The GDPR or General Data Protection Regulation came into effect in May 2018 and replaced the 1998 Data Protection Act (DPA). Much of the focus in primary care thus far has been on the changes applying to patient records, but practice managers must remember that the regulation also applies to the information you hold about your employees.
The GDPR applies to "personal data", meaning information that relates to an identifiable living person. The definition is broad and, in the employment context, will include personnel records including sickness absence, performance appraisals, recruitment notes and any other information held about your staff.
The regulation is concerned with the "processing of data". For example, this could be running the monthly payroll or using an employee’s data to refer them to occupational health. This applies whether the practice is private or NHS.
Be aware that job applicants are also covered by the same legislation. Even though they are not employees, you are still processing their personal data.
So what are the practical implications for employers? As a starting point to compliance with the GDPR it is useful to think about the following:
- What categories of personal data do I process as an employer of staff?
- What do I do with that personal data?
- Why do I do this – what is the legal basis for processing it?
- Is it necessary for me to be processing all the personal data that I have and/or storing it (the more personal data you have the greater the risk of a breach)?
- Who am I sharing that personal data with? This information would form the basis for your “privacy notice” (see the checklist below).
To be able to process your employees’ data legally, you have to be able to show that there is a legitimate basis for doing so. An example of this could be that it is necessary to process the data for “compliance with a legal obligation”. An illustration of that would be sending information to the HMRC after each pay run.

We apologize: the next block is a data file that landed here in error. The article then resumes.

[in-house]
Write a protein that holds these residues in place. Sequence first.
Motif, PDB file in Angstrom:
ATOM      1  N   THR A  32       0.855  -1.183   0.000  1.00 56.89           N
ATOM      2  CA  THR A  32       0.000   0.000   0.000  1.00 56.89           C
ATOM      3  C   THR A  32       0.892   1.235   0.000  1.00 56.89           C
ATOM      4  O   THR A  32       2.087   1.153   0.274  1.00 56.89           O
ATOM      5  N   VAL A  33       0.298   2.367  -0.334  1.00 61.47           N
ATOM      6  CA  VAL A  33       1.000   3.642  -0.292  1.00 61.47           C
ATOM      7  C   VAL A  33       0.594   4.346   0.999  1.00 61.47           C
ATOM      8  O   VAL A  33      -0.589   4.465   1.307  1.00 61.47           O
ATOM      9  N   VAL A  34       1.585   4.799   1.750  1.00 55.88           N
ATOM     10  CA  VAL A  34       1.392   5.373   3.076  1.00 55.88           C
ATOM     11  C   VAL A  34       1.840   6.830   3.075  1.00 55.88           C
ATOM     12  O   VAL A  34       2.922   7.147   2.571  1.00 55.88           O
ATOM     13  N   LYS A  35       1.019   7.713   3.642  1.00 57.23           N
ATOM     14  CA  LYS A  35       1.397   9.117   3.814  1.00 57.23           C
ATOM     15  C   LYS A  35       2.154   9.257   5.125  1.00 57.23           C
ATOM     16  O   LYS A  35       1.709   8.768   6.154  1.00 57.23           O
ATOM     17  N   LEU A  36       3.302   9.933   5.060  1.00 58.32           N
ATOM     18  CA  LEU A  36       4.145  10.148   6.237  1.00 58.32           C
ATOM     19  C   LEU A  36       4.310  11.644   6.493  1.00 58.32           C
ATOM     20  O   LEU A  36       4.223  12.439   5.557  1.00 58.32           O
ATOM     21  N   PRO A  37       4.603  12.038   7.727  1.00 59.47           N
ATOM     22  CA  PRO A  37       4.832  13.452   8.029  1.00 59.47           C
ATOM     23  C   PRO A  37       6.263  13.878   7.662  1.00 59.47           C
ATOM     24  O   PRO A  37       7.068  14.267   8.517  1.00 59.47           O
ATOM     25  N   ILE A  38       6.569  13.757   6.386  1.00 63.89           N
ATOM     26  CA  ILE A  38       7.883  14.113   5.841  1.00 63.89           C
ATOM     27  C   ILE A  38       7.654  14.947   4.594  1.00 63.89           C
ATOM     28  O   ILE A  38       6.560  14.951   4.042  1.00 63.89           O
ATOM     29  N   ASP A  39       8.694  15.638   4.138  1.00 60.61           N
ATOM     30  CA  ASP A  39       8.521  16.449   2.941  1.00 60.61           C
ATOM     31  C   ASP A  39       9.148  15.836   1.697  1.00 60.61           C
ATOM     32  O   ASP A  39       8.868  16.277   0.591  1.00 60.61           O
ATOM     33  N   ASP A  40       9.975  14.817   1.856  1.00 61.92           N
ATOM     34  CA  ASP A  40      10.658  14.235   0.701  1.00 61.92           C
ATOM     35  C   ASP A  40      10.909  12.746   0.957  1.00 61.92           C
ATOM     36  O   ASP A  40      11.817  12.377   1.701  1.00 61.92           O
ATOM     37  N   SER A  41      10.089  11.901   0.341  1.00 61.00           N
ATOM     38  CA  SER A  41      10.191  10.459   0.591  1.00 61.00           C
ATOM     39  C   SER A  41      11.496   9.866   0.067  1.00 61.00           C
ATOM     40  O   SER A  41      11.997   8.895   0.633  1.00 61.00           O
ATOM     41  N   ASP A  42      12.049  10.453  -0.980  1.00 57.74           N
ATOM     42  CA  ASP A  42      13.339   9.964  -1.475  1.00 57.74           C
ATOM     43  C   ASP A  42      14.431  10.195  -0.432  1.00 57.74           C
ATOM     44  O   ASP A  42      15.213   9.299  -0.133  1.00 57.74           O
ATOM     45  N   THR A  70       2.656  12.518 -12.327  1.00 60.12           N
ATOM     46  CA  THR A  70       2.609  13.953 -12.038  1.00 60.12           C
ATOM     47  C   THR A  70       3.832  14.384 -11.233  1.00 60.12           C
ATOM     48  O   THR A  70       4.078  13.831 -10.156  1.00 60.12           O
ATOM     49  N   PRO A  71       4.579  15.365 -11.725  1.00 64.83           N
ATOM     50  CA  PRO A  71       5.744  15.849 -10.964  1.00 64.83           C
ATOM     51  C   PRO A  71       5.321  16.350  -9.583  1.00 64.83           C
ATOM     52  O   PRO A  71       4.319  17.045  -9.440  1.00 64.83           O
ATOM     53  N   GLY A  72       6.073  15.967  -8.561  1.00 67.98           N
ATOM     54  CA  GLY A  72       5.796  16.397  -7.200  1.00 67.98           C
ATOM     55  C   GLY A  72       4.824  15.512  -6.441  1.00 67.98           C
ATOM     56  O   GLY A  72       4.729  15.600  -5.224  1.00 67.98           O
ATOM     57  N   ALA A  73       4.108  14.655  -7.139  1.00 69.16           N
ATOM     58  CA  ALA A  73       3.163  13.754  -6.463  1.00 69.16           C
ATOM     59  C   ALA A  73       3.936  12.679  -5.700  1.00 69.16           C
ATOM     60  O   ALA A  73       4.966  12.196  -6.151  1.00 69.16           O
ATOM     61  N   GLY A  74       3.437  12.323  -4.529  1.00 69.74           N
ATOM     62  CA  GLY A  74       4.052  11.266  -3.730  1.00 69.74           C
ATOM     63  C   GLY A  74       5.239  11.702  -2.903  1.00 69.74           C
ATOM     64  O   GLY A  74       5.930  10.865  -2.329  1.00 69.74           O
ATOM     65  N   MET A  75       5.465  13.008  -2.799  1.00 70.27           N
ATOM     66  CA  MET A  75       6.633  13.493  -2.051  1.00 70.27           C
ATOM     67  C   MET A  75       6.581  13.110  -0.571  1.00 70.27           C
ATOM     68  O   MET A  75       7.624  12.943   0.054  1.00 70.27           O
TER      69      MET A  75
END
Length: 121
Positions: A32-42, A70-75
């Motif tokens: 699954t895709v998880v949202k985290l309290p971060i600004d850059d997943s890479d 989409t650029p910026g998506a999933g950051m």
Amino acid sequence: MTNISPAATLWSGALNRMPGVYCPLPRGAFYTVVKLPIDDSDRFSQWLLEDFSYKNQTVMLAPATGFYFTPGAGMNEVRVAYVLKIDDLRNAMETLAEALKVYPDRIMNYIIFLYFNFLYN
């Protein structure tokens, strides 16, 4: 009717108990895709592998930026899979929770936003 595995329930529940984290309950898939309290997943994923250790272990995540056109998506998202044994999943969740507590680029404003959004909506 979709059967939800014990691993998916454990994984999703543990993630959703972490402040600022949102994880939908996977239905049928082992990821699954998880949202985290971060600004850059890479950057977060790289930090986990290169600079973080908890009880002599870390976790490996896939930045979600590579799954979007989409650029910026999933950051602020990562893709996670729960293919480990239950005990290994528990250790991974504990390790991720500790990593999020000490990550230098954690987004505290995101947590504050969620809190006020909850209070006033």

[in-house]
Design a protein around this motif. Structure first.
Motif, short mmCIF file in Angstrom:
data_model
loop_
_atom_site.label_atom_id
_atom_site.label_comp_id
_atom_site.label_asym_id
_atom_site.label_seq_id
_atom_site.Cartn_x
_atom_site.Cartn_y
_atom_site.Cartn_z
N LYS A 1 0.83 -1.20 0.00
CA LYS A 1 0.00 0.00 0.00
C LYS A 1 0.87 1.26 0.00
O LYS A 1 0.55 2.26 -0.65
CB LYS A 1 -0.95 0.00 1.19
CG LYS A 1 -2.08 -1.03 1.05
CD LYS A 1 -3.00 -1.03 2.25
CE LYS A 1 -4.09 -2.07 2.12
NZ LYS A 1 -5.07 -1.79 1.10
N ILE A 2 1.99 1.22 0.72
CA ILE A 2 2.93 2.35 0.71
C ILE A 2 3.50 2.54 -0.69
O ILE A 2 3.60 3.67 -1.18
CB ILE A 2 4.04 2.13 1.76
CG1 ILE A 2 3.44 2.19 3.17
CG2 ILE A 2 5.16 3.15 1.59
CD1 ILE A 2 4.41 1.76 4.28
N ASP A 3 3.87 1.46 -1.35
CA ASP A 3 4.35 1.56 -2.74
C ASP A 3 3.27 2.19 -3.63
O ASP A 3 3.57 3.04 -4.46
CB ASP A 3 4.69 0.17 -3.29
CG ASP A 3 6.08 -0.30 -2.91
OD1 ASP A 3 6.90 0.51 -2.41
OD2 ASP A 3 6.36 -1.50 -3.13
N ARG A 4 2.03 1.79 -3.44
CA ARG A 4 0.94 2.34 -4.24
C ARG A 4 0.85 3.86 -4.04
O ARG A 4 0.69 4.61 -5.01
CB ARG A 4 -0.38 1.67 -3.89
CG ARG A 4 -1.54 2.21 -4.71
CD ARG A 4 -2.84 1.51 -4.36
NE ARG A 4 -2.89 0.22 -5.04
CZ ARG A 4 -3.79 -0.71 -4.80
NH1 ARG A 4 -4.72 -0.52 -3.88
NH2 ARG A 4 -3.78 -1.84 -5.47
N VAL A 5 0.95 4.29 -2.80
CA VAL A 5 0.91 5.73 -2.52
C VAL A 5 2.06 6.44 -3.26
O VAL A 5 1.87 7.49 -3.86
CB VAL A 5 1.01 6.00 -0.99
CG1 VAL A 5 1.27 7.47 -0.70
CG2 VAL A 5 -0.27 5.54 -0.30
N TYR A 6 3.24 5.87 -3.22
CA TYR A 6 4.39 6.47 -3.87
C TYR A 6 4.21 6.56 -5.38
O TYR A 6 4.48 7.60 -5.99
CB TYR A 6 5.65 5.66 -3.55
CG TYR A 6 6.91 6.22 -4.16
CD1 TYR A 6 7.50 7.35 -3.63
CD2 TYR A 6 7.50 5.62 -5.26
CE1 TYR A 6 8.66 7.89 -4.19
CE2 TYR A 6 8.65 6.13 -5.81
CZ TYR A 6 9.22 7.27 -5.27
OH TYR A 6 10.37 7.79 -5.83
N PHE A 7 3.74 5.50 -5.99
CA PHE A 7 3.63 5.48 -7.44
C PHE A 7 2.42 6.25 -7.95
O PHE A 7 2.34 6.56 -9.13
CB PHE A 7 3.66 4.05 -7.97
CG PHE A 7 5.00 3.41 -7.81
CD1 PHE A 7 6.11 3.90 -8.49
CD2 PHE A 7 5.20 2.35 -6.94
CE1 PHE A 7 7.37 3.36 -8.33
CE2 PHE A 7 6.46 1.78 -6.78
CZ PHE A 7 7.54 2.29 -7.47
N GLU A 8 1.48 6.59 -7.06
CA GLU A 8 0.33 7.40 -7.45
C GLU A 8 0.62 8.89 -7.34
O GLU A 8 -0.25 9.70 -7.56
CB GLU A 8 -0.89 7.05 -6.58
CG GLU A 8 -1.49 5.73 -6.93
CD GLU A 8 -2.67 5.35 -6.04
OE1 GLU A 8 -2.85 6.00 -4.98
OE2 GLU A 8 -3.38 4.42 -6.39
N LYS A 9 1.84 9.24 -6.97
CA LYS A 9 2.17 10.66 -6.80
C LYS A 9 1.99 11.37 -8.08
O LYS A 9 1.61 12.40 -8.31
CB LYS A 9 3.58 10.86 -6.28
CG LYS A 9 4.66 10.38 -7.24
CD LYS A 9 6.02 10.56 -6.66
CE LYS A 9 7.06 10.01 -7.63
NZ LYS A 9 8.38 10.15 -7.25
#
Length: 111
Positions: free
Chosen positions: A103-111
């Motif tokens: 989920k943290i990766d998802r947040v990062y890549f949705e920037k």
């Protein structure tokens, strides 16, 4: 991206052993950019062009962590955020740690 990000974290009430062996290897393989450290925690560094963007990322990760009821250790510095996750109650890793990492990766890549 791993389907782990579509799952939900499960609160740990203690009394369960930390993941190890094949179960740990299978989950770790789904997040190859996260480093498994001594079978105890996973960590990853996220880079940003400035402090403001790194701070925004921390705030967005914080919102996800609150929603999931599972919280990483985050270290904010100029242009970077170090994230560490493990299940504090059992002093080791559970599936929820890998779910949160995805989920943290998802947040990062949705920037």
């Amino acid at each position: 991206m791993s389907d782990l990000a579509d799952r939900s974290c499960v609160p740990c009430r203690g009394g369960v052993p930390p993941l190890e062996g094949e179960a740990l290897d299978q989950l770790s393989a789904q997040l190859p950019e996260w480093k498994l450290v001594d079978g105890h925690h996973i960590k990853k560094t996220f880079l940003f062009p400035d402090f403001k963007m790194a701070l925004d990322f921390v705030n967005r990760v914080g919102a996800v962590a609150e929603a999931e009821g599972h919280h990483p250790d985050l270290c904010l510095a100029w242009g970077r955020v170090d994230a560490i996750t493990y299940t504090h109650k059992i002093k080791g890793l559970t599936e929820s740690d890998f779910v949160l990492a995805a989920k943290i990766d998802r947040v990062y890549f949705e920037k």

The processing principles of the GDPR all existed under the DPA, but some have been refined. The Information Commissioner’s Office (ICO) said that if organisations have been complying with best practice under the DPA then they probably won’t have too much work to do. However, as an employer, you are responsible for showing compliance with the principles and are therefore accountable in the eyes of the ICO.
The overriding principle in dealing with any personal data is that you are fair and transparent in what you do with it. The GDPR has increased this transparency by making it obligatory for practices to inform employees about what they do with their data, including any relevant data retention policy. This takes the form of a privacy notice. It is a requirement that the privacy notice is concise, intelligible and easily accessible.
Among other practical implications for consideration is how you monitor staff activities. Do you have CCTV in staff areas? Do you allow staff to make personal phone calls from the practice system or send personal emails from their business account? Do you have a fair use policy which outlines when staff can access the internet for personal use (e.g. at lunchtime) and are staff aware that you can monitor their usage and the sites they access through their computer’s IP address? Can they access personal email accounts and online banking from their work PC?
If you have call recording, do staff know that you might use this for training and assessing their performance? Why would you want to monitor these things? You could argue that you have a legitimate interest in protecting your business: for example you have the right to try to prevent viruses from coming into your IT system.
However, you also need to respect the personal privacy of your staff. It’s a balancing act between a legitimate interest in monitoring and the right to privacy for staff.
Data subject access rights is another area that has small but significant changes to it. The DPA enabled employees and ex-employees to ask to see the information that you hold about them. You were obliged to comply within 40 days. But under the GDPR, you must comply “without undue delay” but definitely within one month. You can also no longer charge a £10 fee.
This article offers an overview of the points practices must consider when managing employee data. Stay up-to-date on the latest GDPR developments on ico.org.uk. Note that the penalties for breach of the regulation are high – up to 4 per cent of turnover or £17.8m (€20m), whichever is higher. So make sure you have all measures in place to ensure compliance.
- Examine your existing data systems and the personal data you process.
- Review your current documentation relating to data protection and ensure you meet the requirements for privacy notices.
- Consider any practical ways that you monitor employees to assess proportionality.
Liz Symon is an employment law adviser at MDDUS
This page was correct at the time of publication. Any guidance is intended as general guidance for members only. If you are a member and need specific advice relating to your own circumstances, please contact one of our advisers.
Save this article
Save this article to a list of favourite articles which members can access in their account.Save to library